pre·​his·​tor·​ic | \ ˌprē-(h)i-ˈstȯr-ik How to pronounce prehistoric (audio) , -ˈstär- \
variants: or less commonly prehistorical \ ˌprē-​(h)i-​ˈstȯr-​i-​kəl How to pronounce prehistorical (audio) , -​ˈstär-​ \

Definition of prehistoric

1 : of, relating to, or existing in times antedating written history
2 : of or relating to a language in a period of its development from which contemporary records of its sounds and forms have not been preserved
3 : regarded as being outdated or outmoded prehistoric attitudes

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Other Words from prehistoric

prehistorically \ ˌprē-​(h)i-​ˈstȯr-​i-​k(ə-​)lē How to pronounce prehistorically (audio) , -​ˈstär-​ \ adverb

Examples of prehistoric in a Sentence

His attitudes about women are downright prehistoric. prehistoric notions about mental illness that have no place in today's world
Recent Examples on the Web Next up for the couple is a model of a pelagornis: a prehistoric bird that will stand six feet tall and have a 25-foot wingspan. Washington Post, "Virginia sculptor creates huge mythical monster for exhibit," 19 Jan. 2020 These are sort of prehistoric ancestors of today’s navigation systems. Larry Printz, Ars Technica, "Turn-by-turntables: How drivers got from point A to point B in the early 1900s," 6 Jan. 2020 Madgwick, the study’s lead author, previously helmed a study that found pig bones at Stonehenge originated across the British Isles—also a sign that people were making long treks to feast at the prehistoric monument. Brigit Katz, Smithsonian Magazine, "People Trekked Across Ireland to Eat Pork at This Ancient Site," 31 Dec. 2019 Classical art is indeed an inspiration, but then, no more than Kewpie dolls, or prehistoric ironing boards. Françoise Mouly, The New Yorker, "Bruce McCall’s “A Brush with Greatness”," 6 Jan. 2020 Per a from the museum, prehistoric bowstrings are among the rarest archaeological finds. Theresa Machemer, Smithsonian Magazine, "What We Can Learn From Ötzi the Iceman’s Hunting Pack," 3 Jan. 2020 This happy accident allowed prehistoric people to domesticate yeast in much the same way they domesticated crop plants and livestock animals, and produce the cheeses and yogurts billions of people enjoy today. John Morrissey, Quartz, "A chance encounter between a fruit fly and a pail of milk gave us cheese," 11 Dec. 2019 That wear pattern is unusual in Roman remains and is more commonly found in prehistoric people. Jason Daley, Smithsonian, "Missing Box Contains Bones of Britain’s Early Inhabitants," 1 Oct. 2019 In Northern Ireland, not far from the city of Armagh, sits the archaeological site of Navan Fort, a prehistoric hub linked to historic kings and legendary heroes. Brigit Katz, Smithsonian Magazine, "People Trekked Across Ireland to Eat Pork at This Ancient Site," 31 Dec. 2019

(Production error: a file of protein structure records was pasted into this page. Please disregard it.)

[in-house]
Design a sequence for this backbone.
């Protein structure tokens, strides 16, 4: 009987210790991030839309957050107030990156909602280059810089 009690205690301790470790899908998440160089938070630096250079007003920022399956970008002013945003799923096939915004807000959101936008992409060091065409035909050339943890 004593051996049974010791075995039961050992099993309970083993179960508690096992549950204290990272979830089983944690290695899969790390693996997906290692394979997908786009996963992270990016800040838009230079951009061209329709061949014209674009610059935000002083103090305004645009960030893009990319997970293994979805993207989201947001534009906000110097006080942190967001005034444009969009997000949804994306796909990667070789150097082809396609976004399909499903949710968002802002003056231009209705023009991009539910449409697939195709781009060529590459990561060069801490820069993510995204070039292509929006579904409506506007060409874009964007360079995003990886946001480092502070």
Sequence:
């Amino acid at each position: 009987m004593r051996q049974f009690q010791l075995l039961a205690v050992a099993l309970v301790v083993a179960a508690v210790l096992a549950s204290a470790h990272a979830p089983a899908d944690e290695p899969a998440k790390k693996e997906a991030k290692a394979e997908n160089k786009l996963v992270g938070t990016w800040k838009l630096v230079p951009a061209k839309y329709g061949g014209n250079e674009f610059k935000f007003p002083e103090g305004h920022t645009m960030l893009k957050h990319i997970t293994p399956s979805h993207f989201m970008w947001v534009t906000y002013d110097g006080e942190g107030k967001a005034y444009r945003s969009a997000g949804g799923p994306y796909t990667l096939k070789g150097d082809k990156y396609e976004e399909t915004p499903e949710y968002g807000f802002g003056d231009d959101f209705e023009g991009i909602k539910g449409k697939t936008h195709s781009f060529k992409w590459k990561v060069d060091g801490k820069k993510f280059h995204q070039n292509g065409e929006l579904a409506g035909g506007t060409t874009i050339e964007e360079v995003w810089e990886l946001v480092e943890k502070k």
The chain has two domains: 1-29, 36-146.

These example sentences are selected automatically from various online news sources to reflect current usage of the word 'prehistoric.' Views expressed in the examples do not represent the opinion of Merriam-Webster or its editors. Send us feedback.

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First Known Use of prehistoric

1832, in the meaning defined at sense 1

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Time Traveler for prehistoric

Time Traveler

The first known use of prehistoric was in 1832

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Statistics for prehistoric

Last Updated

3 Feb 2020

Cite this Entry

“Prehistoric.” Dictionary, Merriam-Webster, Accessed 29 Feb. 2020.

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More Definitions for prehistoric


How to pronounce prehistoric (audio)

English Language Learners Definition of prehistoric

: of, relating to, or existing in the time before people could write
informal + disapproving : very old or outdated


pre·​his·​tor·​ic | \ ˌprē-hi-ˈstȯr-ik How to pronounce prehistoric (audio) \

Kids Definition of prehistoric

: relating to or existing in the time before written history began prehistoric animals

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